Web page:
[PD] Am I alone?

Jonathan Wilkes jancsika at yahoo.com
Sun Mar 20 01:28:22 CET 2011

--- On Sat, 3/19/11, Mathieu Bouchard <matju at artengine.ca> wrote:

> From: Mathieu Bouchard <matju at artengine.ca>
> Subject: Re: [PD] Am I alone?
> To: "ailo" <ailo.at at gmail.com>
> Cc: pd-list at iem.at
> Date: Saturday, March 19, 2011, 11:27 PM
> sorry, my following reply sat a long time in my email
> account.
> On Sun, 30 Jan 2011, ailo wrote:
> > I guess what I meant was, can we define music
> generally so that everyone can agree on what is the
> definition of music?
> Well, if «everyone» also includes those people who
> purposefully want you to fail at coming up with a unanimous
> definition, you can't. There are also those who just won't
> listen to you because they are busy preparing the answer
> « it can't be defined. period. » without any explanation
> (they don't enjoy explanations any more than definitions,
> anyway).
> > I know I can generalize for myself, but I think I
> can't do it for
> > everyone else.
> There are also problems of common meaning of the words,
> whereby people will accidentally agree or disagree because
> they have different impressions about what you mean with the
> words that you used for writing the definition.
> > I suppose people like to avoid it mostly because it
> can discourage
> > people to do their own thing.
> I would rather bet on this phenomenon :
>   http://www.google.ca/search?q=%22art+can%27t+be+explained%22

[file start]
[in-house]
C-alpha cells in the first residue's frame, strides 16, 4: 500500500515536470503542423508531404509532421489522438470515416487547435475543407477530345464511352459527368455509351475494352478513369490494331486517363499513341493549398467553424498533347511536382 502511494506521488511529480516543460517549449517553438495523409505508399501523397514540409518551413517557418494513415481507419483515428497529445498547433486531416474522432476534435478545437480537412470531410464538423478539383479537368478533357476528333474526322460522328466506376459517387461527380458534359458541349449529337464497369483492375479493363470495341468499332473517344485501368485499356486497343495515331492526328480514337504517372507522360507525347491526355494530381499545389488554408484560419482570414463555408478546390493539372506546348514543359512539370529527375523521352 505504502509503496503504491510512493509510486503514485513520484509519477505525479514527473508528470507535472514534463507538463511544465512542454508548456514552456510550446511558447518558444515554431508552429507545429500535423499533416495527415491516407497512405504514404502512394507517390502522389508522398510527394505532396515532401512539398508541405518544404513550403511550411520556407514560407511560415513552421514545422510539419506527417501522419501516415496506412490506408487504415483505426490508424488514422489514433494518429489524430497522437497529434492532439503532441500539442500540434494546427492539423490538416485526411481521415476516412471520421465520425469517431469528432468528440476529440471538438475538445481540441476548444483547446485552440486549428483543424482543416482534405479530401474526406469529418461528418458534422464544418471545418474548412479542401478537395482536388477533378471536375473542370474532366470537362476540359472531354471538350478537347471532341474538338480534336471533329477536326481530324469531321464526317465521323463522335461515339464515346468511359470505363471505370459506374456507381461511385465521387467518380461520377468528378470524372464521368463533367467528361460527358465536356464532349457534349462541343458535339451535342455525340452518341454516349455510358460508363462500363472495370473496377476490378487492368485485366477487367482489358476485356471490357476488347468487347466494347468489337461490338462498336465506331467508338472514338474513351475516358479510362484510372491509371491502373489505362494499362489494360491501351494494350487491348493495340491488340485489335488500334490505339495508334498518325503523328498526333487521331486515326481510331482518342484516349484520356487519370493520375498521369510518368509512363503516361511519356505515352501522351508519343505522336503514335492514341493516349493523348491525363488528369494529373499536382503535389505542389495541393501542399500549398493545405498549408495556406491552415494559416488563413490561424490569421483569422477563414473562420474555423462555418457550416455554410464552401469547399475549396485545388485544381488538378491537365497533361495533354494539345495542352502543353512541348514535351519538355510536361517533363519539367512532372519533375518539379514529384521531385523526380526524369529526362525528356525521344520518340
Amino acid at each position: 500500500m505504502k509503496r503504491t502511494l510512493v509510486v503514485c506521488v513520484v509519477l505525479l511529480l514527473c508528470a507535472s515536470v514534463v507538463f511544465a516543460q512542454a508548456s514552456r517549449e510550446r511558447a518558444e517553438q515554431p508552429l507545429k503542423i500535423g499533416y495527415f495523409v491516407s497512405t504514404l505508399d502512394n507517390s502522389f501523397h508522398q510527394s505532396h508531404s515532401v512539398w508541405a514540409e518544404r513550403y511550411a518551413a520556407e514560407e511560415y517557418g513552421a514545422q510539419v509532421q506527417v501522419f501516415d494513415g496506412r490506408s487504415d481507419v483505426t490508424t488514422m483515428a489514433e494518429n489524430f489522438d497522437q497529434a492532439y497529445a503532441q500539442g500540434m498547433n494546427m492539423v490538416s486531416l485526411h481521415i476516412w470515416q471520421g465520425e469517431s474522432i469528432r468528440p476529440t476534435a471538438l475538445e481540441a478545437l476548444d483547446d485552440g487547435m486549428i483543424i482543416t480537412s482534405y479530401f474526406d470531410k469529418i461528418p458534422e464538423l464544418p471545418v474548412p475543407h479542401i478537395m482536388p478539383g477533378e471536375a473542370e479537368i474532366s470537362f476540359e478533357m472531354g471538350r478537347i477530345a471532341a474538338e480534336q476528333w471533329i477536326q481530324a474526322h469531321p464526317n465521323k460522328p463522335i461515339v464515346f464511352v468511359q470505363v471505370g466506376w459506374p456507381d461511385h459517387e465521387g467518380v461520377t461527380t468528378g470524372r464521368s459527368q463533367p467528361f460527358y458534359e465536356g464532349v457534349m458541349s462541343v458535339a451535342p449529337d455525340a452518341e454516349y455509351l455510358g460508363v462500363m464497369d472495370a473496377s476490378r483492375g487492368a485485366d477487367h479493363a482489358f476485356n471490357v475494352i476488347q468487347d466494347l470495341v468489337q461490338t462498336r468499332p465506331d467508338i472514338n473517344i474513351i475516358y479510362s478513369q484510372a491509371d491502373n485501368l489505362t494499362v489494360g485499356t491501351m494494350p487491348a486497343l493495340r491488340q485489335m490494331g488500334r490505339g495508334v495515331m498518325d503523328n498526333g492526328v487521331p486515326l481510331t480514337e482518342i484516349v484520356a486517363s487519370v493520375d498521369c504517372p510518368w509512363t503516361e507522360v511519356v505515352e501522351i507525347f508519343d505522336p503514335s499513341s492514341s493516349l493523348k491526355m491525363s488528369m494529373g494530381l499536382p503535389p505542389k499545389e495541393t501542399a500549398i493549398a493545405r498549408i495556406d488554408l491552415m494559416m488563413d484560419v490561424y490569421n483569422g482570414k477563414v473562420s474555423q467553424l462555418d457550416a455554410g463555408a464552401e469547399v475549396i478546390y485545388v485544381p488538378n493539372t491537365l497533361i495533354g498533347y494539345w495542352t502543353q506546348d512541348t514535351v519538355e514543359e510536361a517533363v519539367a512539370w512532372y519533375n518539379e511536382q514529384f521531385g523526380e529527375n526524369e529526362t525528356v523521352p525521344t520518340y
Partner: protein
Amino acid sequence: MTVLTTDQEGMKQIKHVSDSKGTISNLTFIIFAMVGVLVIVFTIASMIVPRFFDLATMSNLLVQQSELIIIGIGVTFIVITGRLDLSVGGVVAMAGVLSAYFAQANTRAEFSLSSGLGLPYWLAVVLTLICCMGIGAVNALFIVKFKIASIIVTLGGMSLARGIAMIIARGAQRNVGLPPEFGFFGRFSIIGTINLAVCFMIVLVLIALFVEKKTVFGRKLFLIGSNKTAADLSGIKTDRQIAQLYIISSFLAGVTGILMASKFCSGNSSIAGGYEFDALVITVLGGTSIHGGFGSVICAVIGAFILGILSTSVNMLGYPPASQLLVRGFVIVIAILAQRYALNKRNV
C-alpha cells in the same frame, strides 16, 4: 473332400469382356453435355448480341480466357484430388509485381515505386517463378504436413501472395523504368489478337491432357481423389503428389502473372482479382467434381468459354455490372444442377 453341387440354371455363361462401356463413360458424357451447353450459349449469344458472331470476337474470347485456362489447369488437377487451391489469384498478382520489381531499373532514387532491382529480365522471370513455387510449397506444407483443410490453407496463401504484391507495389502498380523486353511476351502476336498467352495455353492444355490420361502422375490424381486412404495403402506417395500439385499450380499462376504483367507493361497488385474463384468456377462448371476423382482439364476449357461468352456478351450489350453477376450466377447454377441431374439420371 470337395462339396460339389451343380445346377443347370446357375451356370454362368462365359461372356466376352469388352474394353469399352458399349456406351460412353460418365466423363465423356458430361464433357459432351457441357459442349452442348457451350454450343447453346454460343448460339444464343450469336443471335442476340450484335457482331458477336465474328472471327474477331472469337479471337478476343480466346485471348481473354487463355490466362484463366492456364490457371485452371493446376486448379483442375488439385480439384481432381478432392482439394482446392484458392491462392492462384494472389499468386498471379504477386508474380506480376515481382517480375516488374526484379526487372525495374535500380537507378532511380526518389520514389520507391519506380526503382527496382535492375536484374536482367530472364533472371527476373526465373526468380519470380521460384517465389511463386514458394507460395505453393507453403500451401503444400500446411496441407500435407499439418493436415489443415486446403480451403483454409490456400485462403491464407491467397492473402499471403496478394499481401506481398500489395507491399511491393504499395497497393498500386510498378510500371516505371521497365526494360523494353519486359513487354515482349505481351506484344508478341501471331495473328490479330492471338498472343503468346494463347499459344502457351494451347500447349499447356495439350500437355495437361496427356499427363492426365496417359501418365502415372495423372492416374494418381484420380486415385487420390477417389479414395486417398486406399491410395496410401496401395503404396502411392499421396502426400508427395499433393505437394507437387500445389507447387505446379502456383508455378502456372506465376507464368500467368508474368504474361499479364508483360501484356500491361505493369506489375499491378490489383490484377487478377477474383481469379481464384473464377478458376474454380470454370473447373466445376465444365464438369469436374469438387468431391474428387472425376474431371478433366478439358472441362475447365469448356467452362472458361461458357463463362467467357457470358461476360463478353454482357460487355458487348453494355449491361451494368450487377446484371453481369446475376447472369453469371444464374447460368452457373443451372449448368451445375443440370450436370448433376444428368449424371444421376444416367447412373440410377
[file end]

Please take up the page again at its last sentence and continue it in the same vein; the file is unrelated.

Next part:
> Which is more of the mystical mindframe of non-explanations
> and epistemological hopelessness.
> By extension, the word « art » is often used to mean
> whatever skill is considered unexplainable or mysterious.
> > If we need to do it for a specific practical purpose,
> then we have no
> > choice.
> A definition of art needs not dictate a single purpose, and
> a single purpose does not dictate a single approach, and a
> single approach does not dictate a single outcome. When you
> acknowledge a definition of art that just tries to be
> vaguely universal, you still have plenty of decisions to
> make.
> A definition of art needs not to be dumb like « music is
> whatever Beethoven was doing and that can't be done anymore
> because he died » or « we play both kinds of music :
> Country and Western ».

The idea of music as art is certainly not universal.

> > Words like beauty and ugliness are commonly used. When
> we say, I like ugly things, does that make these things
> wrong? [...]

It can if that's part of your morality that you accept (tacitly or not).  
If you also accept that the concept of music as art is not universal, this 
is trivial.  If on the other hand you have some vague universal view of 
art, you're probably going need to fill pages and pages of some vague 
paper explaining how people you've never met who share none of your 
aesthetic/cultural/social views are, on some vague abstract level, 
actually adhering to the same vague artistic universal as you.

If you want a shortcut, take the Modernist approach--  you just 
completely disregard the aesthetic/cultural/social context in which the 
"art" is made, reimagine the "art" as a self-contained, closed "work", 
and just assume that every "artist" in the world is either another 
modernist or some primitive outgrowth of a particular process that can be 
data mined to add a new layer of complexity to a future modernist 


> (I didn't know what to reply to the rest of your email.)
> _______________________________________________________________________
> | Mathieu Bouchard ---- tél: +1.514.383.3801 ----
> Villeray, Montréal, QC
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